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The cause of Colony Collapse Disorder

on Sunday, 01 May 2011. Posted in Environment

Commercial beehives pollinate over a third of North America’s crops and this pollination encompasses everything from fruits like peaches, apples, cherries and strawberries to ninety percent of nuts. Crops of wheat, corn, and many other condiments are part of this marvelous process of pollination. Without pollination, most crops would simply cease to exist.

What is Colony Collapse Disorder?

Colony Collapse Disorder or CCD, is the name given to the mysterious decline of honeybee populations around the world beginning around 2006. Each winter since, one-third of the United States honeybee population has died off or disappeared (more than twice what is normal). While CCD appears to have multiple interacting causes including pathogens, a range of evidence points to sub-lethal pesticide exposures as important contributing factors.

Neonicotinoids are a particularly suspect class of insecticides, especially in combination with the dozens of other pesticides found in honeybee hives. Key symptoms of CCD include: 1) inexplicable disappearance of the hive’s worker bees; 2) presence of the queen bee and absence of invaders; 3) presence of food stores and a capped brood.

The crisis of CCD in the honeybee population is an increasingly widespread phenomenon of bees disappearing or abandoning their hives. Bayer CropScience, the manufacturer of one of the implicated pesticides, imidacloprid and clothianidin, dismisses the pesticide connection. But countries, including France, Germany and Italy, have taken steps to limit their use, along with other pesticides like fipronil. The National Union of French Beekeepers brought the problem to national attention and forced their government to restrict these pesticides. The US lags behind, outside the glare of public outrage and protests that have been seen in Europe.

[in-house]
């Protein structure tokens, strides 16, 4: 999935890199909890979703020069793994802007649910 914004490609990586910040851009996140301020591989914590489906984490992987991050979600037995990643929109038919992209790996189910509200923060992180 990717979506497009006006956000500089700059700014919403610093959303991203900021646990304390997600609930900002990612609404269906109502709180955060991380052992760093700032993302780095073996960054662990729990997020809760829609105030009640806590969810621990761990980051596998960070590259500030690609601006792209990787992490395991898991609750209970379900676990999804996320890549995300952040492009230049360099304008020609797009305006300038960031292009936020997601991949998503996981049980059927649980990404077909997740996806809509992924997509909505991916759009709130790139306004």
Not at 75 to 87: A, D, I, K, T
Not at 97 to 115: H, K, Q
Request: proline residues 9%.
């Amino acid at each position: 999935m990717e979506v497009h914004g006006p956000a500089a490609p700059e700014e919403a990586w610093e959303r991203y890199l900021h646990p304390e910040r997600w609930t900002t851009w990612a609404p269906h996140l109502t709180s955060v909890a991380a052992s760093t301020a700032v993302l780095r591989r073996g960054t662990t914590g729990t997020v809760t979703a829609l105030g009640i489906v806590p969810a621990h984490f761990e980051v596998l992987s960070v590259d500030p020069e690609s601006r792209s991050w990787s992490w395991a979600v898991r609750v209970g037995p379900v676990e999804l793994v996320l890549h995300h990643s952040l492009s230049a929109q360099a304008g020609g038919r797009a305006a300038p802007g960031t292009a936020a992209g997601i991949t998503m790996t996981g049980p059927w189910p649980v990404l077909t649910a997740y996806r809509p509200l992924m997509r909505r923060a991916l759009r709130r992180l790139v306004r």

Bees support our environment, pollinating half the flowering plant ecosystem and one-third of agricultural plants. The disappearance of the bees alerts us to a fundamental and systemic flaw in our approach to the use of toxic chemicals – and highlights the question as to whether our risk assessment approach to regulation will slowly but surely cause our demise without a meaningful change of course.

Beekeepers ask EPA to remove pesticide

Beekeepers and environmentalists cited a leaked EPA (US Environmental Protection Agency) memo that discloses a critically flawed scientific support study. The November 2nd (2010), memo identifies a core study underpinning the registration of the insecticide clothianidin as unsound after EPA quietly re-evaluated the pesticide just as it was getting ready to allow a further expansion of its use. Clothianidin (product name “Poncho”) has been widely used as a seed treatment on many of the country’s major crops for eight growing seasons under a “conditional registration” granted while EPA waited for Bayer CropScience, the pesticide’s maker, to conduct a field study assessing the insecticide’s threat to bee colony health.

Bayer’s field study was the contingency on which clothianidin’s conditional registration was granted in 2003. As such, the groups are calling for an immediate stop-use order on the pesticide while the science is redone, and redesigned in partnership with practicing beekeepers. They claim that the initial field study guidelines, which the Bayer study failed to satisfy, were insufficiently rigorous to test whether or not clothianidin contributes to CCD in a real-world scenario: the field test evaluated the wrong crop, over an insufficient time period and with inadequate controls.